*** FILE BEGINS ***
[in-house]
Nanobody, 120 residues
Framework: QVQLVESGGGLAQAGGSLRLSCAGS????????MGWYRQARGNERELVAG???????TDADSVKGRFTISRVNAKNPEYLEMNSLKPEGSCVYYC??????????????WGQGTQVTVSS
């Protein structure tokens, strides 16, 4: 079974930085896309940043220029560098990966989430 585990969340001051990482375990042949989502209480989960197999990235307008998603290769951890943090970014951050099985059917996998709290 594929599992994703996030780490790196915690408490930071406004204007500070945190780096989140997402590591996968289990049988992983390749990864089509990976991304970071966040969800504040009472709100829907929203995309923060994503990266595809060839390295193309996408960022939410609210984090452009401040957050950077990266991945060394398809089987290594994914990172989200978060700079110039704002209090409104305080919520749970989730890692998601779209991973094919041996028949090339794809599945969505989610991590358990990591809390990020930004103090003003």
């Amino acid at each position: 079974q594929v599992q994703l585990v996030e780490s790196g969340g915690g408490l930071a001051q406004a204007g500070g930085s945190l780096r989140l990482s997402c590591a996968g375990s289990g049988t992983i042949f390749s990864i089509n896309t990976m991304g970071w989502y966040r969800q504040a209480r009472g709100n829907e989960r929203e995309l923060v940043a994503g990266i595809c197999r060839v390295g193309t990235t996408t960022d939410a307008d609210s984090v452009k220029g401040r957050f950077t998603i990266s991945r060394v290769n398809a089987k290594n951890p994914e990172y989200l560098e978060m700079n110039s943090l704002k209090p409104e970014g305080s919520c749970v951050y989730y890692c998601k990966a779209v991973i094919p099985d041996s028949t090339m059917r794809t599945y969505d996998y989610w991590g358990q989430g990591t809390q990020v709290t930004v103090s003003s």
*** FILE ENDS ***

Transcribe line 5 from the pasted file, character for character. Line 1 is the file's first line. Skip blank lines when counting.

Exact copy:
């Amino acid at each position: 079974q594929v599992q994703l585990v996030e780490s790196g969340g915690g408490l930071a001051q406004a204007g500070g930085s945190l780096r989140l990482s997402c590591a996968g375990s289990g049988t992983i042949f390749s990864i089509n896309t990976m991304g970071w989502y966040r969800q504040a209480r009472g709100n829907e989960r929203e995309l923060v940043a994503g990266i595809c197999r060839v390295g193309t990235t996408t960022d939410a307008d609210s984090v452009k220029g401040r957050f950077t998603i990266s991945r060394v290769n398809a089987k290594n951890p994914e990172y989200l560098e978060m700079n110039s943090l704002k209090p409104e970014g305080s919520c749970v951050y989730y890692c998601k990966a779209v991973i094919p099985d041996s028949t090339m059917r794809t599945y969505d996998y989610w991590g358990q989430g990591t809390q990020v709290t930004v103090s003003s």